If ever climate activists wanted something to mark Earth Day 2023 and boost their campaign to stop the damage being caused to the environment by the fossil fuel industry, the cinema release this weekend of the eco-thriller How to Blow Up a Pipeline could hardly be more perfect.
The film is set in Texas, in the heart of oil country. The action takes place in the present day and the story is pretty straight forward. A disparate group of eight young people, each with a reason to do so, come together to bomb a piece of oil infrastructure in the remote west of the state.
The film takes us through the sequence of events and gives a backstory for the characters, to explain what brought them together to commit what is a serious criminal act. The backstory sequences are intercut with the main story arc which takes a bit of getting used to but they help make the characters three dimensional.
There’s no ringleader as such but each of them is ferociously motivated to take radical action.
Bomb maker Michael (played by Forrest Goodluck) is a young Native American who resents the oil rigs destroying his homeland. Xochitl (Ariela Barer) and Theo (Sasha Lane) are victims of the effect big oil has had on them and their communities. Dwayne (Jake Weary) blames the government for requisitioning his land for the installation of the pipeline. Of the others, Theo’s girlfriend Alisha (Jayme Lawson) is rather reluctantly persuaded to be involved, film maker Shawn (Marcus Scribner) wants to do something with more impact while Logan (Lukas Gage) and Rowan (Kristine Froseth) have carried out previous direct environmental protests.
As a genre film, How to Blow Up a Pipeline is nothing out of the ordinary. Director Daniel Goldhaber builds the tension nicely and there are the obligatory moments when it looks as though the whole plan will be derailed.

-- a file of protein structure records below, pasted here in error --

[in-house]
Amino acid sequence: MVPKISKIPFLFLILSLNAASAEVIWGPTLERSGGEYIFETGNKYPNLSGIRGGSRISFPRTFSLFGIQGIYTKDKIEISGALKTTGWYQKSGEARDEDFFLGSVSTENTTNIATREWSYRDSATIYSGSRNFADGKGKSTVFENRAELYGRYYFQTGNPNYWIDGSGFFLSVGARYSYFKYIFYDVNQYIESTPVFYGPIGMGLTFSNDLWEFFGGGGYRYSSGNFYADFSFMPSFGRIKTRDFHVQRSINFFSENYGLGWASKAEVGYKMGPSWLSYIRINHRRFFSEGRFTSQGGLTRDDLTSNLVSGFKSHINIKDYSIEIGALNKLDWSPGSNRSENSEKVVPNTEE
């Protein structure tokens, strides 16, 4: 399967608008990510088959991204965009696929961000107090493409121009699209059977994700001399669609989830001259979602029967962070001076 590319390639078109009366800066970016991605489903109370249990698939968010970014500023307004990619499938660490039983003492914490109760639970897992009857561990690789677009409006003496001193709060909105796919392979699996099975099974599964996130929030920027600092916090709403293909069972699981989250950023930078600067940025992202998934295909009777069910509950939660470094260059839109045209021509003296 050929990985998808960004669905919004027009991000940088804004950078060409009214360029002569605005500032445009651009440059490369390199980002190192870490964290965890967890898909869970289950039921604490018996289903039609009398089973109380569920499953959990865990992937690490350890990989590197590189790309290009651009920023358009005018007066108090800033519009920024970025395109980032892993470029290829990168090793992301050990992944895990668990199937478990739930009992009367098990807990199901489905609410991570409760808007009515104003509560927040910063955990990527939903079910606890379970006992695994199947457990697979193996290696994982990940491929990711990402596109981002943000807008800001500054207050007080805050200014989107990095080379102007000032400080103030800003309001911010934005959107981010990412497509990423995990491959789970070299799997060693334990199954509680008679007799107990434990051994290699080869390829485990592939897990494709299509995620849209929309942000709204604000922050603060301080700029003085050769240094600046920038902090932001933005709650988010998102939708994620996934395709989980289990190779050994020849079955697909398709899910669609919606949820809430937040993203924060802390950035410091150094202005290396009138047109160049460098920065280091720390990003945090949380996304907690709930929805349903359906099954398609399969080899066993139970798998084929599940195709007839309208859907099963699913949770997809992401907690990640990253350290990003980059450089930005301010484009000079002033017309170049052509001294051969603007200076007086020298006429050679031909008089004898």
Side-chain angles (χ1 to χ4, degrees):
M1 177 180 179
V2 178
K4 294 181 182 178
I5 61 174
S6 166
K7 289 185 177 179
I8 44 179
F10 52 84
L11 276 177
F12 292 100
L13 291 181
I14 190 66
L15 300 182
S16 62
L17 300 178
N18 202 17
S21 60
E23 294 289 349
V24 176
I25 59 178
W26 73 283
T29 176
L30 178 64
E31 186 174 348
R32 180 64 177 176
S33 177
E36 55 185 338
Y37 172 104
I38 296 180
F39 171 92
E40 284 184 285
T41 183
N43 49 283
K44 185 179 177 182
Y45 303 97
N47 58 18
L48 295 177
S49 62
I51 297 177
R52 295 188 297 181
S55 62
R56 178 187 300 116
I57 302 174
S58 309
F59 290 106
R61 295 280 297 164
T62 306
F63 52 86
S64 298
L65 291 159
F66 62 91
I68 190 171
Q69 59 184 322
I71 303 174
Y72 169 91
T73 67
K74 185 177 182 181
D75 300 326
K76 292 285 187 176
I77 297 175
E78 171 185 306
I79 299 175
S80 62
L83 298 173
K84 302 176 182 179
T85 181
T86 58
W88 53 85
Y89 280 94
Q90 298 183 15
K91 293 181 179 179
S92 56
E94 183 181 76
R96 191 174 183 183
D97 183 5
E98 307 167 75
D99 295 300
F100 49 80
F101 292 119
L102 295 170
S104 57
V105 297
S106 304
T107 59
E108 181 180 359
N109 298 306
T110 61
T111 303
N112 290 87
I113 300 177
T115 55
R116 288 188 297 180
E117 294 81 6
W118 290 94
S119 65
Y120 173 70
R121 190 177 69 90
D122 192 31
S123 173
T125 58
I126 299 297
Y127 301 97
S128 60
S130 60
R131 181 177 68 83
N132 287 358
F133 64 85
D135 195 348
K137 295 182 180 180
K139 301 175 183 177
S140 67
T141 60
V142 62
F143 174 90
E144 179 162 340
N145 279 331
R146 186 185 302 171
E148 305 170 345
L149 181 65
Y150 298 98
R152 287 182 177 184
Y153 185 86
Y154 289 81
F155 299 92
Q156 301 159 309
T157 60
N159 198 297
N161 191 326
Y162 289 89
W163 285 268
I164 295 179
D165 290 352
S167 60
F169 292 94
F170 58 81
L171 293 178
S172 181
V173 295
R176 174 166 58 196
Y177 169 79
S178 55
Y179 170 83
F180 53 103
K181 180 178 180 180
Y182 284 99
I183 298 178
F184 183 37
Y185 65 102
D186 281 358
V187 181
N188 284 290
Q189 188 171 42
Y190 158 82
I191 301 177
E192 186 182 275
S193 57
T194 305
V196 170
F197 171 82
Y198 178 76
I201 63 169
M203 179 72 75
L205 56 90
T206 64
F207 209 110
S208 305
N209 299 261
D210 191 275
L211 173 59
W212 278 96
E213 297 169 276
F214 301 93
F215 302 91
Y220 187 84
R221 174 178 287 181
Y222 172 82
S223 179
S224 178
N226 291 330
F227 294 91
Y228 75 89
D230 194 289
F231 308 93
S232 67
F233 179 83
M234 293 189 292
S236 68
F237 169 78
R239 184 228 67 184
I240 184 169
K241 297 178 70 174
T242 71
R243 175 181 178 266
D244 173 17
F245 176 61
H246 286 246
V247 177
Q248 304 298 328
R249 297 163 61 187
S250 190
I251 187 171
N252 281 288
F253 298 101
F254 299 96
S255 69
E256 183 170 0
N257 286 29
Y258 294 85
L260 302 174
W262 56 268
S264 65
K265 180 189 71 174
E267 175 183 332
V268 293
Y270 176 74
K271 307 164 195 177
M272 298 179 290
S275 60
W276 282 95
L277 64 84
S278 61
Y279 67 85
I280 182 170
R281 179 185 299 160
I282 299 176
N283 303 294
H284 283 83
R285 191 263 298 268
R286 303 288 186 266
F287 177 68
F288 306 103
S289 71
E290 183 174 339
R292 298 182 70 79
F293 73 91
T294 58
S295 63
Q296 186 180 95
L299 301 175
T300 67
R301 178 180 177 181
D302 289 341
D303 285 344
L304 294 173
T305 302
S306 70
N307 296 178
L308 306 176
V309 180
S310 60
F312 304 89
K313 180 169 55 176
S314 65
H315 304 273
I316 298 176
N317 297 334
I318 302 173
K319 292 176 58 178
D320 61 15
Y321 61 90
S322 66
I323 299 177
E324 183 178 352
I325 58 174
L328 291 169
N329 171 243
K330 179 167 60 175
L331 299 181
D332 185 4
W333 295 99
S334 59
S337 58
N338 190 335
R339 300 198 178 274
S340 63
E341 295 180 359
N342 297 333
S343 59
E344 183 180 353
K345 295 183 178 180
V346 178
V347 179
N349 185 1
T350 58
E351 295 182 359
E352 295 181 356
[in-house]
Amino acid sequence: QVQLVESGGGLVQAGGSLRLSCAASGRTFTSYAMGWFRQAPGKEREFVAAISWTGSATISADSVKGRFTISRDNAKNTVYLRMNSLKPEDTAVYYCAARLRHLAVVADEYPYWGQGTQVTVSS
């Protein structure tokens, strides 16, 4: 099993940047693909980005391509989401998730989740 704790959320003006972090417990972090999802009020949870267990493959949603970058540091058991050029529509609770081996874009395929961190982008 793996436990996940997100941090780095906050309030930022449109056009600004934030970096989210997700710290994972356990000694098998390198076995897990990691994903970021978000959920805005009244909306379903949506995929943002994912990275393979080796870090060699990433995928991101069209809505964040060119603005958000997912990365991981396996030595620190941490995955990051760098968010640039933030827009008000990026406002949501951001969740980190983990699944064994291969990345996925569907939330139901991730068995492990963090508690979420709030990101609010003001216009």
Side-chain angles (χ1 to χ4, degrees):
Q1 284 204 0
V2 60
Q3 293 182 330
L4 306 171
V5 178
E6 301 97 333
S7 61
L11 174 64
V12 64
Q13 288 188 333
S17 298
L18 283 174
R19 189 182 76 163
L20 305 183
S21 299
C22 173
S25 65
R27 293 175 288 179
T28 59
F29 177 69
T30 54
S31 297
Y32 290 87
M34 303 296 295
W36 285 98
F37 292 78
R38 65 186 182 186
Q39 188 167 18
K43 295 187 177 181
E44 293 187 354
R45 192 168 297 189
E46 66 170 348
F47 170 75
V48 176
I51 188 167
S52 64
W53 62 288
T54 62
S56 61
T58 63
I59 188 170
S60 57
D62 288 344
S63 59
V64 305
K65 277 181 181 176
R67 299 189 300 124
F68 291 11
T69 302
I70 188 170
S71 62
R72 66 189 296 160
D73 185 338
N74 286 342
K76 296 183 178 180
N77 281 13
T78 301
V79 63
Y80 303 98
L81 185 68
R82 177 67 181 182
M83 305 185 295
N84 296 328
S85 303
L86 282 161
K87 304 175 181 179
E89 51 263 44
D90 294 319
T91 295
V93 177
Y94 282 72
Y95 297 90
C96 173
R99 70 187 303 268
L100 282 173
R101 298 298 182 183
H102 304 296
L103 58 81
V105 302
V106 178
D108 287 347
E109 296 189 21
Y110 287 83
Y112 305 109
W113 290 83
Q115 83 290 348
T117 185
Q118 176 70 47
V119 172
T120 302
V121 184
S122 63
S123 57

Michael has problems building the fuses and detonators for the bombs. Putting them in position is very difficult – they are packed into oil drums, are heavy and awkward to move – and this leads to an accident in which Alisha is badly hurt. Logan and Rowan nearly mess up at a crucial part, when they are discovered by oil workers carrying out an inspection; and there’s a nice plot twist.
What marks it out is that this is one of the most political films of recent years. It’s based on the non-fiction book of the same name by Swedish author and environmentalist Andreas Malm, who argued the climate crisis was severe enough to make what he called “intelligent sabotage” necessary.
The film makes that case. The characters are driven by anger and by moral certainty. They are aware of the risks; “They’re going to call us terrorists”, says Theo. But they are certain they are doing the right thing; “It’s an act of self defence”, says Xochitl. They are careful to choose targets that won’t harm either people or the land. The film doesn’t ask any questions about the consequences of their actions, beyond all eight characters accepting they will be affected, nor does it attempt to present any counter arguments. It’s all the more effective for that.
How to Blow Up a Pipeline will appeal to many young activists. It will annoy a lot of people because of its message; and it challenges the complacency of the majority who have yet to become engaged. It’s in cinemas now.